Staying Connected - March 2013

Ingress Protection of Medical Cables

It is generally desirable and often necessary to require protection against the intrusion of foreign objects, dust, or water into medical devices - including cables and connectors.  The International Electrotechnical Commission (IEC) standard 60529 established and documents standard degrees of ingress protection.  Titled “Degrees of protection provided by enclosures,” it is commonly referred to as the Ingress Protection or “IP” Code.



IEC 60529 Establishes and defines standards for
Ingress Protection of electrical devices

When discussing ingress into medical devices, protecting against ingress of liquids or moisture is often what is first thought of.  However, equally important is keeping solid objects, such as fingers or tools out of a device or connector.  Protection against both is addressed in the IP standard.

IEC 60529

IEC 60529, second edition defines degrees of ingress protection for enclosures including:

  • protection of persons against access to hazardous parts inside the enclosure
  • protection of the equipment inside the enclosure against ingress of solid foreign objects
  • protection of the equipment inside the enclosure against harmful effects due to the ingress of water

The standard details requirements and designations for each degree of protection and the tests to be performed to confirm that the device meets the requirements.  It is also significant that IEC 60529 specifically addresses “harmful” ingress, whether it is by a solid or liquid.


Example of IP rating on medical device



The Ingress Protection Rating

The Ingress Protection Rating is more commonly referred to as the IP code.  The IP code as defined in IEC 60529 pertains to the broad category of electrical enclosures.  An electrical enclosure may be an electric or electronic device, an electrical component, or a medical connector or cable assembly.  The IP code should not be confused with the term “IP address,” used in data communications.

IP ratings are generally presented as two digits; the first digit refers to protection against ingress by solid objects and the second digit refers to protection against ingress by moisture or water.

Solid Objects

For protection against solid objects level 2 is designed to prevent fingers or similar sized objects from accidentally touching hazardous components, such as electrical contacts.  Level 4 protection prevents contact by objects 1mm or greater and is often referred to as “tool-proof.”  Levels 5 and 6 offer dust protection, with level 6 providing complete protection against solid objects including fine dust.



Devices with an “IPX4” or higher rating
should withstand liquid ingress during
cleaning except for submersion

Moisture and Liquids

The second digit of the IP rating refers to protection against harmful ingress of fluid or moisture.    Level 4 protection will prevent liquid splashed onto the enclosure from any direction from causing harm.  A device with level 4 ingress protection should withstand cleaning with liquids except for submersion.  The IP rating does not indicate that the materials are able to withstand various cleaning solutions; only that moisture from those solutions will not enter the device in an amount to be harmful.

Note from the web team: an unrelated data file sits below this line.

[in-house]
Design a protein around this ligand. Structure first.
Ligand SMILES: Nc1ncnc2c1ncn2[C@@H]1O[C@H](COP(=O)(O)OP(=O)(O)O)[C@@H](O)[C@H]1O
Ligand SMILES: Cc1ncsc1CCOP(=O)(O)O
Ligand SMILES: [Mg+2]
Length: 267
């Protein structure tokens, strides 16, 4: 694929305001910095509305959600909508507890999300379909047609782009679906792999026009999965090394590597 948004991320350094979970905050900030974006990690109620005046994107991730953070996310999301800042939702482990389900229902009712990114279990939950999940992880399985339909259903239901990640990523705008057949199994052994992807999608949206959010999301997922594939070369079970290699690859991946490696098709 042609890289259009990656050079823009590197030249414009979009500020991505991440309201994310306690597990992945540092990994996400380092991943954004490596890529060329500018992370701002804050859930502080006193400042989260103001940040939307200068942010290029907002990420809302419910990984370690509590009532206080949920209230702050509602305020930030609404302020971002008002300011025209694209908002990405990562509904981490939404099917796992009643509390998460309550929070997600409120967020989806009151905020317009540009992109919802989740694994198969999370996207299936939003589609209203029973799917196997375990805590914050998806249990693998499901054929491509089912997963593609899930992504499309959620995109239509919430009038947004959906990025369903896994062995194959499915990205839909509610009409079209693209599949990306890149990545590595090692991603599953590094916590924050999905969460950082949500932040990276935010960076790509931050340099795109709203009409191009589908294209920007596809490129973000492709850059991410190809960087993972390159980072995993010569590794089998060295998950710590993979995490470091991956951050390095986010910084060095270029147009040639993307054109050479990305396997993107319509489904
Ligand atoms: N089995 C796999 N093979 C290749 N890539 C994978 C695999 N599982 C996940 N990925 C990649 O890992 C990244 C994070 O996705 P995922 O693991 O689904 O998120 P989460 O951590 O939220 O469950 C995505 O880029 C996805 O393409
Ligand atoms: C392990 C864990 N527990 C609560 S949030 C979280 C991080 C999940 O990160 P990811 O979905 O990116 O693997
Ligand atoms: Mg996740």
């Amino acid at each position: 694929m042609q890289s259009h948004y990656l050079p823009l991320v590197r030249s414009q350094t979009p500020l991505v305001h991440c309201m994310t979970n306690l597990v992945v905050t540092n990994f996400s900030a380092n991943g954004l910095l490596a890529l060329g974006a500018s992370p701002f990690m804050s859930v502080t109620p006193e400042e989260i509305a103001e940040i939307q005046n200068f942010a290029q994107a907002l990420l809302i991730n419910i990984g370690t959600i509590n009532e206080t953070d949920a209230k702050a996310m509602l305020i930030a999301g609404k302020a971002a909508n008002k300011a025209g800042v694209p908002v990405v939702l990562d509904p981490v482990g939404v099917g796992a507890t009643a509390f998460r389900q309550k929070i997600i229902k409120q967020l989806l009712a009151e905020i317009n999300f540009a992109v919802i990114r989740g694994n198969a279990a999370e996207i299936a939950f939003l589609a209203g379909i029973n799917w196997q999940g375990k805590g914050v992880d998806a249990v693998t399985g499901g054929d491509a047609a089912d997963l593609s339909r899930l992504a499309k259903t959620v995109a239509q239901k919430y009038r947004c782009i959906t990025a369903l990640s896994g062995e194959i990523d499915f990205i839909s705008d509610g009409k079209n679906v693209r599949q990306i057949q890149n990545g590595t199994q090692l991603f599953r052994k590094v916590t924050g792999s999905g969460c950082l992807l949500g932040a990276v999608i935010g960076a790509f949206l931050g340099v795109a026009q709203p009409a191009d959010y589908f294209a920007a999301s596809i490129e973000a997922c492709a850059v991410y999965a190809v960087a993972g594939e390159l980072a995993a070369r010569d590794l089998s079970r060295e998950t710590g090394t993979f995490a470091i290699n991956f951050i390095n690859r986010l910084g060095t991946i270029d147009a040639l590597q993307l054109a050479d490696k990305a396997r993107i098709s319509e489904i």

The IP Rating Code Table

Solid Ingress Liquid Ingress
Level

Protected against

Details

Level

Protected against

Details

0

None

No protection

0

None

No protection

1

> 50mm

Protection against accidental contact by hand

1

Dripping water

Water dripping vertically will not cause harm

2

> 12.5mm

Protection against accidental contact by finger

2

Dripping water when tilted up to 15°

Water dripping vertically will not cause harm when the devices is tilted up to 15°

3

> 2.5mm

Protection against accidental contact by most tools

3

Spraying water

Water sprayed at an angle up to 60° from vertical shall not cause harm

4

> 1mm

Protection against accidental contact by small tools and wires

4

Splashing water

Water splashed from any direction shall not cause harm

5

Dust protected

Complete protection against moving parts and protection against harmful deposits of dust

5

Water jets

Protection against low pressure water jets from all directions snall not cause harm

6

Dust tight

Protection against penetration of dust

6

Powerful water jets

Protection against direct spray from all directions shall not cause harm

 

7

Submersion to 1 meter

No harmful ingress of water when submersed up to 30 minutes

8

Submersion beyond 1 meter

No harmful ingress of water with conditions specified by the manufacturer


Ingress Protection vs. Touch Proof

For medical cable assemblies and connectors, ingress protection for solid objects and a touch proof design are similar, but have different design goals.  DIN 42-802 details the design of touch proof plugs and receptacles while IEC 60529 establishes degrees of protection, leaving the design undefined.


Recessed pins in custom medical
connector meet DIN 42-802
touch-proof standard


An Inner mold helps provide protection
against ingress of fluids or moisture from
the cable side of the connector

DIN 42-802 achieves a touch-proof design by establishing overall dimensions and a 1.5mm set-back of contacts for plugs and a 1mm set-back of contacts for receptacles.  The DIN standard goes beyond safety in attempting to establish interchangeability between manufacturers.